It’s been quite a while since the primary source of excitement for the Yankees came from its farm system. But after shedding much of their considerable age, the Yanks will soon be led by a new generation of “Baby Bombers.” Some already have locked down spots on the big-league roster, but potential snags down the road may slow down the youth movement as skipper Joe Girardi enters the final year of his contract.

Gone are veterans Alex Rodriguez, Mark Teixeira and Carlos Beltran. The new names to know are 24-year-olds Gary Sanchez, Aaron Judge and Greg Bird.

Sanchez solidified himself as New York’s newest sensation with a thrilling 2016 campaign. He hit .299 with 20 home runs and a .376 OBP in 53 games last season. A bit of regression is to be expected, given his 162-game pace for 61 homers last year. Signs of growing pains arose in September when the catcher went 23-for-103 after a fantastic start.

Judge homered in each of his first two games before struggling down the stretch. He looked solid this spring while locked in a fight with Aaron Hicks for the right field spot. However, Judge was able to overcome Hicks’ glove and experience to get the nod on Opening Day.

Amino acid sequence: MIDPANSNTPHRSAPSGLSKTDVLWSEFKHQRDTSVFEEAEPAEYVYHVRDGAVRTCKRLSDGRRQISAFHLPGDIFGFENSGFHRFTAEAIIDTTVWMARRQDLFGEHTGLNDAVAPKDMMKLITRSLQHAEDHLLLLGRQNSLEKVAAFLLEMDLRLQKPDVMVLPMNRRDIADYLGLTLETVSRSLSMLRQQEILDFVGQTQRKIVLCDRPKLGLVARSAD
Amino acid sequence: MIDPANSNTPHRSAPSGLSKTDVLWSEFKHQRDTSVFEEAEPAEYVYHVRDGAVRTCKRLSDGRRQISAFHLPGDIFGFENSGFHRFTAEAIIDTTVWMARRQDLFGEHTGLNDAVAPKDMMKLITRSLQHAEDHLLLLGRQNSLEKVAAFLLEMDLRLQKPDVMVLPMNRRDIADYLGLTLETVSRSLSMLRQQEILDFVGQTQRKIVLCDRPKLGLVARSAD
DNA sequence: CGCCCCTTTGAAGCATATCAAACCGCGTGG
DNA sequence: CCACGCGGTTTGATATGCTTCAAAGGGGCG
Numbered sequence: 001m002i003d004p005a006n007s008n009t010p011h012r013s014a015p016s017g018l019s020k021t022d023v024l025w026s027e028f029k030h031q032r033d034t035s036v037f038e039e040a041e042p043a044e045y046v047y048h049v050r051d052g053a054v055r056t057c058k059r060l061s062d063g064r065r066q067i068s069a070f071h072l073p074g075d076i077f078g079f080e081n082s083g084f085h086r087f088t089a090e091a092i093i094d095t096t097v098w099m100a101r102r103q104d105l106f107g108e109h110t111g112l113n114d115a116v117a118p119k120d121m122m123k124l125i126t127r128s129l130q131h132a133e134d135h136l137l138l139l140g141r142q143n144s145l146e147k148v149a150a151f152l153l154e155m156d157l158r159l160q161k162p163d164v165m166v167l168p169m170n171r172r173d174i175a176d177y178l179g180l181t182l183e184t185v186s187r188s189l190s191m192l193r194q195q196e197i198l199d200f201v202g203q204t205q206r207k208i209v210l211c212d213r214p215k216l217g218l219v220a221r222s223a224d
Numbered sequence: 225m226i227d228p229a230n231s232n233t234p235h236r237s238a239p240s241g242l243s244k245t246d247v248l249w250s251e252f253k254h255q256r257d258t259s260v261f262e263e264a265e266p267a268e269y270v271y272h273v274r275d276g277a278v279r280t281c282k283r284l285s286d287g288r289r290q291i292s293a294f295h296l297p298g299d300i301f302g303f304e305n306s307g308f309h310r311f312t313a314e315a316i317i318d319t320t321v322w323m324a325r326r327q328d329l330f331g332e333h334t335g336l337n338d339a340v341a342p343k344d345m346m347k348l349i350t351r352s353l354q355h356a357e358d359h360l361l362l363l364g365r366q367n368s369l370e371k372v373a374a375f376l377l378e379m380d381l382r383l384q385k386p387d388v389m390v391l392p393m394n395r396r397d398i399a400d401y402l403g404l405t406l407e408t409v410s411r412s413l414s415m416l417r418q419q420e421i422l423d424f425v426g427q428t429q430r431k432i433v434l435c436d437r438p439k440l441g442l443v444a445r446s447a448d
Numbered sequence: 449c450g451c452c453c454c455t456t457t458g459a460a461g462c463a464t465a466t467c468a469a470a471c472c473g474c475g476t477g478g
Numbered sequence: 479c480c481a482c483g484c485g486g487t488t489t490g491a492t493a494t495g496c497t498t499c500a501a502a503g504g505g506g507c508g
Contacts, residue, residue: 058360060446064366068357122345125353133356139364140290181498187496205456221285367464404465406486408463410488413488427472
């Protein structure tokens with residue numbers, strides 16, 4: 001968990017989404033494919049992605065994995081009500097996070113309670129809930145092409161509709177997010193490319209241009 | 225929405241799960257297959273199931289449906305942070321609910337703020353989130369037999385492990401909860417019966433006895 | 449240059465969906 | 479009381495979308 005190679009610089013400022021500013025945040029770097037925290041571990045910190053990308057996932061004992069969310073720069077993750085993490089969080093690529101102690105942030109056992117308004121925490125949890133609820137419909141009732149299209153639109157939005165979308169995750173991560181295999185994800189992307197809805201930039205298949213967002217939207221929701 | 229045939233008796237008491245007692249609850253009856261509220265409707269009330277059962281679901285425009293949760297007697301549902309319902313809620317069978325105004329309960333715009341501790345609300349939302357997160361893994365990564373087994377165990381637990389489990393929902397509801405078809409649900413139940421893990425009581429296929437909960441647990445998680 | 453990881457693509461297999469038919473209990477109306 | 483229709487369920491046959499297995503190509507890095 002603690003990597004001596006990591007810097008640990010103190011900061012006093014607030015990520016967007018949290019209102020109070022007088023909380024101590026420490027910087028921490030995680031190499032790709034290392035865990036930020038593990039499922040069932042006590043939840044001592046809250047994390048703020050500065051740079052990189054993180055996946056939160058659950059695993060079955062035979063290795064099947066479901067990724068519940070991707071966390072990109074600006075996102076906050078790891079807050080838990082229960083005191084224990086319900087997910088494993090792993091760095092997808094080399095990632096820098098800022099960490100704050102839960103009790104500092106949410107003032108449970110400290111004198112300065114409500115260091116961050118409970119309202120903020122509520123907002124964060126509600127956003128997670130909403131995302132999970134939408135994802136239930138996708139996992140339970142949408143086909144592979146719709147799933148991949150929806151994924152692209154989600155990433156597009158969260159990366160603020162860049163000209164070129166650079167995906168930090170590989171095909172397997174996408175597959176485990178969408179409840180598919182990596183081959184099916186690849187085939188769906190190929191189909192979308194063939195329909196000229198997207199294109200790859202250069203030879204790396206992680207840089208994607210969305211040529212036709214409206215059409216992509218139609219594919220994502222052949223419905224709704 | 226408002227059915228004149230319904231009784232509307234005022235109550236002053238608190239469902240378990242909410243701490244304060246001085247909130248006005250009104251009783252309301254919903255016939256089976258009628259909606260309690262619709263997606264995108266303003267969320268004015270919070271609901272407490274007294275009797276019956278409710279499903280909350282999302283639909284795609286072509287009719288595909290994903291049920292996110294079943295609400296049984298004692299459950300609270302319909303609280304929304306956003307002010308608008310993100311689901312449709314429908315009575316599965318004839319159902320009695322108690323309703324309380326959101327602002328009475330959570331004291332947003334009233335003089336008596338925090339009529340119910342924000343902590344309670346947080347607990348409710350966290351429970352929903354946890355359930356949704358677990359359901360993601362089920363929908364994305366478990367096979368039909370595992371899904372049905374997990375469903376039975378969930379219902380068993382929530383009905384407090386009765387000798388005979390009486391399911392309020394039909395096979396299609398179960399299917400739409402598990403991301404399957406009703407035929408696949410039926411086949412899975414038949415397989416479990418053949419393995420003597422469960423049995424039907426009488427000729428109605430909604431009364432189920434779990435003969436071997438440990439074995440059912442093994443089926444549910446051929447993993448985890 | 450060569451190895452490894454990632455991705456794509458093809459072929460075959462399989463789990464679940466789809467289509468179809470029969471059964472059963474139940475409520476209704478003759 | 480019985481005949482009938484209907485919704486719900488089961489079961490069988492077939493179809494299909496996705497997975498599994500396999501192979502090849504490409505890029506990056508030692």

Returning from and injury that kept him out of the majors last year after a 2015 debut, first baseman Bird looked like a monster in spring training. His lengthy absence comes with major question marks.

The Yankees already had to patch up their infield after the team announced shortstop Didi Gregorius would miss at least the first month of the year with a strained shoulder. The team appears set to use utility man Ronald Torreyes in the interim.

A trio of high-priced veterans will keep the other Baby Bombers in a state of limbo. Brett Gardner, Jacoby Ellsbury and Chase Headley are expected to make a combined $46.6 million in 2017. While they provide leadership, all three will be 33 at the All-Star break.

Gardner’s production isn’t stellar, but his glove remains as asset. Headley has played some of his worst defense in pinstripes, and Ellsbury posted some of his worst numbers ever at the plate in 2016. Still, the trio is contracted for two more seasons. At 37, designated hitter Matt Holliday may prove to be the steadiest of the veterans after joining the team in the offseason.

Behind them, prospects Gleyber Torres and Clint Frazier are champing at the bit. Torres may have the chance to join the main roster at shortstop if Torreyes struggles during Gregorius’ absence. Frazier will have to wait for a spot as he slugs away in Triple-A.